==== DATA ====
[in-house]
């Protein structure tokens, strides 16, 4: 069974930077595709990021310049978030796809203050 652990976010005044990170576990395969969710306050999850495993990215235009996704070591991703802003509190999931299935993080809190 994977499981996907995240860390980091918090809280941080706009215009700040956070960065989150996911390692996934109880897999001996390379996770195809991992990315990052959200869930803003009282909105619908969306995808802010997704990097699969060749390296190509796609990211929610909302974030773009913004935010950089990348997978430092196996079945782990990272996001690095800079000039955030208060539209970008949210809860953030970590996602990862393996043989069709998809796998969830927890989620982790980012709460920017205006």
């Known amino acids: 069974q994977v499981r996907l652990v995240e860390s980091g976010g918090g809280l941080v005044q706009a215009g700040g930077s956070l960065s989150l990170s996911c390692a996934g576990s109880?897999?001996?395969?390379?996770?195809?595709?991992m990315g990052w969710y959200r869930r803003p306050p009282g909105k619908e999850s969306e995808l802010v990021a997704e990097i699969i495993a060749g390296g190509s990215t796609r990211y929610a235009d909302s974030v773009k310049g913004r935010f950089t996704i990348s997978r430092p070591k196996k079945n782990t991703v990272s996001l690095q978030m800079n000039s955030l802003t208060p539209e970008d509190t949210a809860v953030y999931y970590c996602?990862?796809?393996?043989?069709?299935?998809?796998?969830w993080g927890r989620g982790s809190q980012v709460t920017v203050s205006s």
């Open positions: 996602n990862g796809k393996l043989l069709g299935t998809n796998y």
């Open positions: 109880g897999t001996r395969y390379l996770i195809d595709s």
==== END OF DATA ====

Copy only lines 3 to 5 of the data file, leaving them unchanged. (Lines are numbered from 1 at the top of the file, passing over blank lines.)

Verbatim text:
């Known amino acids: 069974q994977v499981r996907l652990v995240e860390s980091g976010g918090g809280l941080v005044q706009a215009g700040g930077s956070l960065s989150l990170s996911c390692a996934g576990s109880?897999?001996?395969?390379?996770?195809?595709?991992m990315g990052w969710y959200r869930r803003p306050p009282g909105k619908e999850s969306e995808l802010v990021a997704e990097i699969i495993a060749g390296g190509s990215t796609r990211y929610a235009d909302s974030v773009k310049g913004r935010f950089t996704i990348s997978r430092p070591k196996k079945n782990t991703v990272s996001l690095q978030m800079n000039s955030l802003t208060p539209e970008d509190t949210a809860v953030y999931y970590c996602?990862?796809?393996?043989?069709?299935?998809?796998?969830w993080g927890r989620g982790s809190q980012v709460t920017v203050s205006s």
């Open positions: 996602n990862g796809k393996l043989l069709g299935t998809n796998y």
């Open positions: 109880g897999t001996r395969y390379l996770i195809d595709s």